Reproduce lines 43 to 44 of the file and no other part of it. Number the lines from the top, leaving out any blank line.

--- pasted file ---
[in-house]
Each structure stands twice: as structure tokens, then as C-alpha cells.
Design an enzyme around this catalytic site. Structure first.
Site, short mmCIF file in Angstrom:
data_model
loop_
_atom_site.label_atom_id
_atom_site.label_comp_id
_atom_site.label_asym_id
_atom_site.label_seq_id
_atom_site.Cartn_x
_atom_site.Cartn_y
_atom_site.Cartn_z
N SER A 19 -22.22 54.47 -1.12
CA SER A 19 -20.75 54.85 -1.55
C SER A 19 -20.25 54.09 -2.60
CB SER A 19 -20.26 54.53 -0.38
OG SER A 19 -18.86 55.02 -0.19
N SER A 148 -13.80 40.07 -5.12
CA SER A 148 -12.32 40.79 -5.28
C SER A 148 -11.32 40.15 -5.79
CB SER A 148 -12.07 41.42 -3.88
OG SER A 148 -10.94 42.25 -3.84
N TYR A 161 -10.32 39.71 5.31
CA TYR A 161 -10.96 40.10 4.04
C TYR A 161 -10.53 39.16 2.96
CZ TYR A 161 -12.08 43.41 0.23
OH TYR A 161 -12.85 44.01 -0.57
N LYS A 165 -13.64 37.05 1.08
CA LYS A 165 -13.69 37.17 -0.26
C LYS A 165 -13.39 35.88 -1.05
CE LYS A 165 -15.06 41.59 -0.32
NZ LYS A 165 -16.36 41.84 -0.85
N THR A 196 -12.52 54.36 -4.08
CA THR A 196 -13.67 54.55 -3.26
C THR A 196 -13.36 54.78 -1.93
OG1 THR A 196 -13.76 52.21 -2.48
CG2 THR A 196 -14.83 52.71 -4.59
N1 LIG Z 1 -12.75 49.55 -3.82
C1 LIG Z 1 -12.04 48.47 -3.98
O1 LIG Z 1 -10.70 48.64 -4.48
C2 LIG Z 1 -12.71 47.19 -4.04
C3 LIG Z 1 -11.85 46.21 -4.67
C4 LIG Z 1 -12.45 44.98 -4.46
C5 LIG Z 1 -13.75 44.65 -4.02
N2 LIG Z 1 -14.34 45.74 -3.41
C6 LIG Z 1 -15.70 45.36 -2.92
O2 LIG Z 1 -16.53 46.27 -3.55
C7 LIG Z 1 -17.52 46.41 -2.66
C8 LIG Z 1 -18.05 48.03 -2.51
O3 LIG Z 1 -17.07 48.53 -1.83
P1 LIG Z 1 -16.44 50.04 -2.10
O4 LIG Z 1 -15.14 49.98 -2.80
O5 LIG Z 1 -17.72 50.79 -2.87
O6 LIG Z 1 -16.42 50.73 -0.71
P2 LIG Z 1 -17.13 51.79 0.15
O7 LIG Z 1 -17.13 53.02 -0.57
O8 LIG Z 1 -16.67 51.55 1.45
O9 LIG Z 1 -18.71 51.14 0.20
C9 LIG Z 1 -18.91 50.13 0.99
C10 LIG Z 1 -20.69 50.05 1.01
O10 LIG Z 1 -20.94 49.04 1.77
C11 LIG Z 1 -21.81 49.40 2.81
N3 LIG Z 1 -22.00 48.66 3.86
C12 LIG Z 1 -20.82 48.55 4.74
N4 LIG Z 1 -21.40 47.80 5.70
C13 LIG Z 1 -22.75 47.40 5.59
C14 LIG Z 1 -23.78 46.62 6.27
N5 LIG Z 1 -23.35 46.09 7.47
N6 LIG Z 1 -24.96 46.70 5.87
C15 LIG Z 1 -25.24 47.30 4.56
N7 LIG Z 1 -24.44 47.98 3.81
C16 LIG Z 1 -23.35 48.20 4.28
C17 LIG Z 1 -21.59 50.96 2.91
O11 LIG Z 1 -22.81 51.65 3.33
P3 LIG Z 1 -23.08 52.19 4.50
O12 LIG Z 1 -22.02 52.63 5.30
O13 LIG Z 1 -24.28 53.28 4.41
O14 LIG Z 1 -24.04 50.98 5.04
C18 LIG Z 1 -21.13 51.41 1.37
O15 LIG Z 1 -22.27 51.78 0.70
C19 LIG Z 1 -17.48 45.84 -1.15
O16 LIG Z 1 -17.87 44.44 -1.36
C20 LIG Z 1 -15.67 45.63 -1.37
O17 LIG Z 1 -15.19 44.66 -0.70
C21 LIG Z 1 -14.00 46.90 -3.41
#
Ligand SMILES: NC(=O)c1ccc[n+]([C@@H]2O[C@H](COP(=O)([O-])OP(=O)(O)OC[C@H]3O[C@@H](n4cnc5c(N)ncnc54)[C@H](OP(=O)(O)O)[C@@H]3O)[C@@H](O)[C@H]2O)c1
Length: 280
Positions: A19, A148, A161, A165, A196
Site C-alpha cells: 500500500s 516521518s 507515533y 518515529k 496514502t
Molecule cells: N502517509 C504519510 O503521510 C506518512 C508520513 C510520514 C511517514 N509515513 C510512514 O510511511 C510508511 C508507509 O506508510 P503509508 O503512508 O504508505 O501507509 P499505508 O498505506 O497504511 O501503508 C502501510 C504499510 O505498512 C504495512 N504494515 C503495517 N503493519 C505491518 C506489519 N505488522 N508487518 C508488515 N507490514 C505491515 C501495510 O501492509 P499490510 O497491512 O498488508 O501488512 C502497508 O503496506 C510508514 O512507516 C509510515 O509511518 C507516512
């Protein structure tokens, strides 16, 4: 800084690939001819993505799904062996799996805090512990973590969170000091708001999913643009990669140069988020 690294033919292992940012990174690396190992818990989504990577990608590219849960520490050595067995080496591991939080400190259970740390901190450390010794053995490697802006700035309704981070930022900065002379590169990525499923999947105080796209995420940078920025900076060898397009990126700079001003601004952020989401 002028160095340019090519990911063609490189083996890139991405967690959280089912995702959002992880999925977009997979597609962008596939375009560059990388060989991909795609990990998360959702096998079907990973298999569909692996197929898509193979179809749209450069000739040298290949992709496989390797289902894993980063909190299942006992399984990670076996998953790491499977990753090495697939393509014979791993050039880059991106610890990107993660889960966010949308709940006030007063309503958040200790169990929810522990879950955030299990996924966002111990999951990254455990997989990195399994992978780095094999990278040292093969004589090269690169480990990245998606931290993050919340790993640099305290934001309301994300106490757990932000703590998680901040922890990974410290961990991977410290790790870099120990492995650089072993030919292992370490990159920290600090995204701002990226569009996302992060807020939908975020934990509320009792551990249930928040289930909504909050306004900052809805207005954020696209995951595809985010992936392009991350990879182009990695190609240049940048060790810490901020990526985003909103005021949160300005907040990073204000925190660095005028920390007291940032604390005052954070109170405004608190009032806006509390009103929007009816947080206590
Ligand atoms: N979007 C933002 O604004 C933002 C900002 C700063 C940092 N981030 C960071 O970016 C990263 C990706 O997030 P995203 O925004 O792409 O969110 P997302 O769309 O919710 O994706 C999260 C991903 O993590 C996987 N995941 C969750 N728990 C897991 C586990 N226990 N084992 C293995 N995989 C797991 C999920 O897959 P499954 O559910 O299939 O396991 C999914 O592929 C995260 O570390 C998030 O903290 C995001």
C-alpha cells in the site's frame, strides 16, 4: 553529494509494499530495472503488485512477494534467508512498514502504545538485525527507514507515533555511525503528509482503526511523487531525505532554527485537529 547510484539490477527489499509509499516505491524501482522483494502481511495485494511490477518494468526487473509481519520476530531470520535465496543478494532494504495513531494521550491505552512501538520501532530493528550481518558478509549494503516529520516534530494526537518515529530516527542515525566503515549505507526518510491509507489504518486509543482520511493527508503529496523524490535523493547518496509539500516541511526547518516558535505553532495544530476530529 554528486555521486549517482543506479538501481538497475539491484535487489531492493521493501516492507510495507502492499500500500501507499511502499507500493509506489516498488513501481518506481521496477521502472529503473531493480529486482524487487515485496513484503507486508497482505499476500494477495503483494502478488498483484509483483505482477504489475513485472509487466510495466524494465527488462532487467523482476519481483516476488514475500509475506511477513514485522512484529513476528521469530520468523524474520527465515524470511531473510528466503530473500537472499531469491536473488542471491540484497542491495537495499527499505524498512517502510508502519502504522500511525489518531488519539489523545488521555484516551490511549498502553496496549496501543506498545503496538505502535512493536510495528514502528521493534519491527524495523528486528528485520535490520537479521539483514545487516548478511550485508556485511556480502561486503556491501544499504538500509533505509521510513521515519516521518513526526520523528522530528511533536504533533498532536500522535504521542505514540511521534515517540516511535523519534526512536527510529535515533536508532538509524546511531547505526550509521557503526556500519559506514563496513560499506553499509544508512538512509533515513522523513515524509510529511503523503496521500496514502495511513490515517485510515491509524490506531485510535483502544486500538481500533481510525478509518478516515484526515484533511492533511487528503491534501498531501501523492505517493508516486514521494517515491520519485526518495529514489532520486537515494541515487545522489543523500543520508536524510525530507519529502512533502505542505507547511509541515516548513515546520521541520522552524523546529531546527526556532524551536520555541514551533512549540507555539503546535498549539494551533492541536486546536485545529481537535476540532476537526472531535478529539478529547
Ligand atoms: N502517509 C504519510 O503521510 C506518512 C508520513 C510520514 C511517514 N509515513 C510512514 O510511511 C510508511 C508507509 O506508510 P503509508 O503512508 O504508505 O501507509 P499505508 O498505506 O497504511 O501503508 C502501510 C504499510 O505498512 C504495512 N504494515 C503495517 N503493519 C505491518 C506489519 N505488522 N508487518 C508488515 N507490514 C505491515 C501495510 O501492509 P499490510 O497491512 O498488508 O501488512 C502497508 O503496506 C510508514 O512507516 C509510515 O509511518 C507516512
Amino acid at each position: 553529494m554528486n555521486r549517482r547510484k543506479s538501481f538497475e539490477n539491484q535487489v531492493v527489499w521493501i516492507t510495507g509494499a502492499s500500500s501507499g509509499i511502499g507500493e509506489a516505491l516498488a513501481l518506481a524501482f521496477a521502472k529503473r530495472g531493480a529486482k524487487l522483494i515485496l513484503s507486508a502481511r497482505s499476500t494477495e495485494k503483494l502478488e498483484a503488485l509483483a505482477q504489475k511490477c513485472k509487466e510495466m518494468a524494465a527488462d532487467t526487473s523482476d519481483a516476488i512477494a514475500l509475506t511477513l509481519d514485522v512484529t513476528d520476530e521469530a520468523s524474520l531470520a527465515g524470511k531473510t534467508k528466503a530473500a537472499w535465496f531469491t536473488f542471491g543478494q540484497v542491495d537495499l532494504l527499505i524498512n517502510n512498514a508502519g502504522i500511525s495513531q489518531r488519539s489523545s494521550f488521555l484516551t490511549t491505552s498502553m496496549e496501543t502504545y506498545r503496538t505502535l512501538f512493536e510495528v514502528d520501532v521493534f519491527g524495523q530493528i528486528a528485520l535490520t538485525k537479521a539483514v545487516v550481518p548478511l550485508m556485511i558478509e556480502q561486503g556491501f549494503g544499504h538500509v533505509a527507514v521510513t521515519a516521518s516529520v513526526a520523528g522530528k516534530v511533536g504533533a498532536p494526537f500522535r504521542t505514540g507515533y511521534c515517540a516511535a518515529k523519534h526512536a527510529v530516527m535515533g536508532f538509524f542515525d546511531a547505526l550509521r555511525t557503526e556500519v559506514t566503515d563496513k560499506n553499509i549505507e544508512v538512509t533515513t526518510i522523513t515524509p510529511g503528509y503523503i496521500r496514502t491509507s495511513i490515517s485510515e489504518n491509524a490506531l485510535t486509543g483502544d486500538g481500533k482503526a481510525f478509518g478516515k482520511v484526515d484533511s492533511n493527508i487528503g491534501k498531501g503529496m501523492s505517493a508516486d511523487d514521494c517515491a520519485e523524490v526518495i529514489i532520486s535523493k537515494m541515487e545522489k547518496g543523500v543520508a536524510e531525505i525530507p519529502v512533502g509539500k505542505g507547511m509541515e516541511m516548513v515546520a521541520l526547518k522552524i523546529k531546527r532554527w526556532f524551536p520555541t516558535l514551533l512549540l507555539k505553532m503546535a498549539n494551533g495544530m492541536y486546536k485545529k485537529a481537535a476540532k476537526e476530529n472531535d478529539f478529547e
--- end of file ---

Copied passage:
C3 LIG Z 1 -11.85 46.21 -4.67
C4 LIG Z 1 -12.45 44.98 -4.46